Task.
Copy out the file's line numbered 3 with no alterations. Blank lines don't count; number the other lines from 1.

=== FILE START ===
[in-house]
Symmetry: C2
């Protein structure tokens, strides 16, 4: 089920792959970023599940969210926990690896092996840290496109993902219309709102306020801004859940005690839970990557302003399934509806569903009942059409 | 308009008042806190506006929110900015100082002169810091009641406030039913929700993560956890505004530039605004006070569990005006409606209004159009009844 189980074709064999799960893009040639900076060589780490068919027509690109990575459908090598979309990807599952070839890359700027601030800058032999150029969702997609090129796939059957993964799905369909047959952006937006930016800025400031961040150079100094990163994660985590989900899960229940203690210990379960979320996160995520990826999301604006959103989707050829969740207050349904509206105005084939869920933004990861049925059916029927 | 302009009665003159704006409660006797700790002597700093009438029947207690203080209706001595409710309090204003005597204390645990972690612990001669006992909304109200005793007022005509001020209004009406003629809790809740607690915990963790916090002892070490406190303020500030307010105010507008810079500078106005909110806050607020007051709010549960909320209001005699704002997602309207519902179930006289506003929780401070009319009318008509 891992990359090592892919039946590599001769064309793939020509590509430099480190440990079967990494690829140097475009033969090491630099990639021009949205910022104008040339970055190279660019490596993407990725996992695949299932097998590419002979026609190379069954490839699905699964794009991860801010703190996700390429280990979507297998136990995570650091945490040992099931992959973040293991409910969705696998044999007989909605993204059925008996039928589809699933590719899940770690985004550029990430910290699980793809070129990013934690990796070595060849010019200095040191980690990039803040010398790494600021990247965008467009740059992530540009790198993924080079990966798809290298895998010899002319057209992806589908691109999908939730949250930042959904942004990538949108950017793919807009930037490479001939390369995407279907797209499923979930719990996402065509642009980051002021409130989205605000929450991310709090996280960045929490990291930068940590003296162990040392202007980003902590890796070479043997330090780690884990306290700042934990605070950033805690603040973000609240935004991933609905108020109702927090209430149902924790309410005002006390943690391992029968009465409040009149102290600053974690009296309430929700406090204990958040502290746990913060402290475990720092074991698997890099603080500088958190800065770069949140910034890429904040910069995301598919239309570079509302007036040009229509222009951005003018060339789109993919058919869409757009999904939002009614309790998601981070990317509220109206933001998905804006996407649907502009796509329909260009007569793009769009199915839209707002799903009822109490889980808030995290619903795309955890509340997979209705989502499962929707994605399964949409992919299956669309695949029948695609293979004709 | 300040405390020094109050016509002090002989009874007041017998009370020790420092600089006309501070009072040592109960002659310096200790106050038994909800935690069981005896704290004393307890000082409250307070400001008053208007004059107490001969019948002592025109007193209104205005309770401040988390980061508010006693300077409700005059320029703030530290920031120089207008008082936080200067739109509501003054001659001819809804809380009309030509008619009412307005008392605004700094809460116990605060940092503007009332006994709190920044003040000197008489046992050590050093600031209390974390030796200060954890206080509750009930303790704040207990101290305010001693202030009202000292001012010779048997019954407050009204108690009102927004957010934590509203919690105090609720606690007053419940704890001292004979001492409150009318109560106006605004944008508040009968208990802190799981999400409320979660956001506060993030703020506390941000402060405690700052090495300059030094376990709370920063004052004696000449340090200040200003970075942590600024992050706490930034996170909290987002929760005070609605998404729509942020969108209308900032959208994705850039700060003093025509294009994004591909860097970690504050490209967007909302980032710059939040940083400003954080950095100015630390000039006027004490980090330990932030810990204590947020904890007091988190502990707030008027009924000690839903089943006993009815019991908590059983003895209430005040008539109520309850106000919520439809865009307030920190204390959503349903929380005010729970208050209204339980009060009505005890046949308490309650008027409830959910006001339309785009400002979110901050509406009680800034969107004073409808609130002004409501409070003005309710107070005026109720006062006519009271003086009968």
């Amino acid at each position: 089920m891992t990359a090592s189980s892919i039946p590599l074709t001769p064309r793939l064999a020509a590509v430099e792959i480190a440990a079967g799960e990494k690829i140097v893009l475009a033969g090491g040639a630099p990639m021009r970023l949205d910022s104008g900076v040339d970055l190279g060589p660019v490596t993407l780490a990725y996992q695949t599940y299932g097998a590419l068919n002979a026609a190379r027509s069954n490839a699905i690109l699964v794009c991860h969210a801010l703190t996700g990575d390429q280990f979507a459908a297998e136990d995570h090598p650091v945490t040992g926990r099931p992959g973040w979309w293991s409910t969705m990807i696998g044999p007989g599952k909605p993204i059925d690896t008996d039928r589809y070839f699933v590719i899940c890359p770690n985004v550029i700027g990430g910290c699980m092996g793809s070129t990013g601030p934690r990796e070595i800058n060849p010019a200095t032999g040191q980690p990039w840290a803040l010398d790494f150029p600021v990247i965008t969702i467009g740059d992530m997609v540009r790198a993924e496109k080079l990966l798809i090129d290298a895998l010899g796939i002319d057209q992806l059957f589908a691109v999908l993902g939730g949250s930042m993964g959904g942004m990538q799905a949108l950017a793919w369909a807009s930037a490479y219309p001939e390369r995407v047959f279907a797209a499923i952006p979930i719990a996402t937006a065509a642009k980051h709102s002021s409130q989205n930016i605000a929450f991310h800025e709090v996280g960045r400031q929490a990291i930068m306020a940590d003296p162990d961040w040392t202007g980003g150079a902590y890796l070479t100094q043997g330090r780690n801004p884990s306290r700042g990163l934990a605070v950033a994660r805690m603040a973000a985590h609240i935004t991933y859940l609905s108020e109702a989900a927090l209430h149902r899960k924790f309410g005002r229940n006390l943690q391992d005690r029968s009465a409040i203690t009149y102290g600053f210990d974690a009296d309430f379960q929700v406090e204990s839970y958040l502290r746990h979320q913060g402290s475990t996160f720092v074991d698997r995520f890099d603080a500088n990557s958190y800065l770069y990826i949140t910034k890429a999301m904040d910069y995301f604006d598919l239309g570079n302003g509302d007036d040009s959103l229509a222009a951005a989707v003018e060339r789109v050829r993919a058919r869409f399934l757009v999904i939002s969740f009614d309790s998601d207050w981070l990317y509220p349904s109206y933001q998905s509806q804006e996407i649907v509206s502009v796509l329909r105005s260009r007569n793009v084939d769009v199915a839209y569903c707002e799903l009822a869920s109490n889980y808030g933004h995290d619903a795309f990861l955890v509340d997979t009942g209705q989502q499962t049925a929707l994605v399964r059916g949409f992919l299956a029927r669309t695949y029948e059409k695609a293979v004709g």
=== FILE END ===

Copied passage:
């Protein structure tokens, strides 16, 4: 089920792959970023599940969210926990690896092996840290496109993902219309709102306020801004859940005690839970990557302003399934509806569903009942059409 | 308009008042806190506006929110900015100082002169810091009641406030039913929700993560956890505004530039605004006070569990005006409606209004159009009844 189980074709064999799960893009040639900076060589780490068919027509690109990575459908090598979309990807599952070839890359700027601030800058032999150029969702997609090129796939059957993964799905369909047959952006937006930016800025400031961040150079100094990163994660985590989900899960229940203690210990379960979320996160995520990826999301604006959103989707050829969740207050349904509206105005084939869920933004990861049925059916029927 | 302009009665003159704006409660006797700790002597700093009438029947207690203080209706001595409710309090204003005597204390645990972690612990001669006992909304109200005793007022005509001020209004009406003629809790809740607690915990963790916090002892070490406190303020500030307010105010507008810079500078106005909110806050607020007051709010549960909320209001005699704002997602309207519902179930006289506003929780401070009319009318008509 891992990359090592892919039946590599001769064309793939020509590509430099480190440990079967990494690829140097475009033969090491630099990639021009949205910022104008040339970055190279660019490596993407990725996992695949299932097998590419002979026609190379069954490839699905699964794009991860801010703190996700390429280990979507297998136990995570650091945490040992099931992959973040293991409910969705696998044999007989909605993204059925008996039928589809699933590719899940770690985004550029990430910290699980793809070129990013934690990796070595060849010019200095040191980690990039803040010398790494600021990247965008467009740059992530540009790198993924080079990966798809290298895998010899002319057209992806589908691109999908939730949250930042959904942004990538949108950017793919807009930037490479001939390369995407279907797209499923979930719990996402065509642009980051002021409130989205605000929450991310709090996280960045929490990291930068940590003296162990040392202007980003902590890796070479043997330090780690884990306290700042934990605070950033805690603040973000609240935004991933609905108020109702927090209430149902924790309410005002006390943690391992029968009465409040009149102290600053974690009296309430929700406090204990958040502290746990913060402290475990720092074991698997890099603080500088958190800065770069949140910034890429904040910069995301598919239309570079509302007036040009229509222009951005003018060339789109993919058919869409757009999904939002009614309790998601981070990317509220109206933001998905804006996407649907502009796509329909260009007569793009769009199915839209707002799903009822109490889980808030995290619903795309955890509340997979209705989502499962929707994605399964949409992919299956669309695949029948695609293979004709 | 300040405390020094109050016509002090002989009874007041017998009370020790420092600089006309501070009072040592109960002659310096200790106050038994909800935690069981005896704290004393307890000082409250307070400001008053208007004059107490001969019948002592025109007193209104205005309770401040988390980061508010006693300077409700005059320029703030530290920031120089207008008082936080200067739109509501003054001659001819809804809380009309030509008619009412307005008392605004700094809460116990605060940092503007009332006994709190920044003040000197008489046992050590050093600031209390974390030796200060954890206080509750009930303790704040207990101290305010001693202030009202000292001012010779048997019954407050009204108690009102927004957010934590509203919690105090609720606690007053419940704890001292004979001492409150009318109560106006605004944008508040009968208990802190799981999400409320979660956001506060993030703020506390941000402060405690700052090495300059030094376990709370920063004052004696000449340090200040200003970075942590600024992050706490930034996170909290987002929760005070609605998404729509942020969108209308900032959208994705850039700060003093025509294009994004591909860097970690504050490209967007909302980032710059939040940083400003954080950095100015630390000039006027004490980090330990932030810990204590947020904890007091988190502990707030008027009924000690839903089943006993009815019991908590059983003895209430005040008539109520309850106000919520439809865009307030920190204390959503349903929380005010729970208050209204339980009060009505005890046949308490309650008027409830959910006001339309785009400002979110901050509406009680800034969107004073409808609130002004409501409070003005309710107070005026109720006062006519009271003086009968």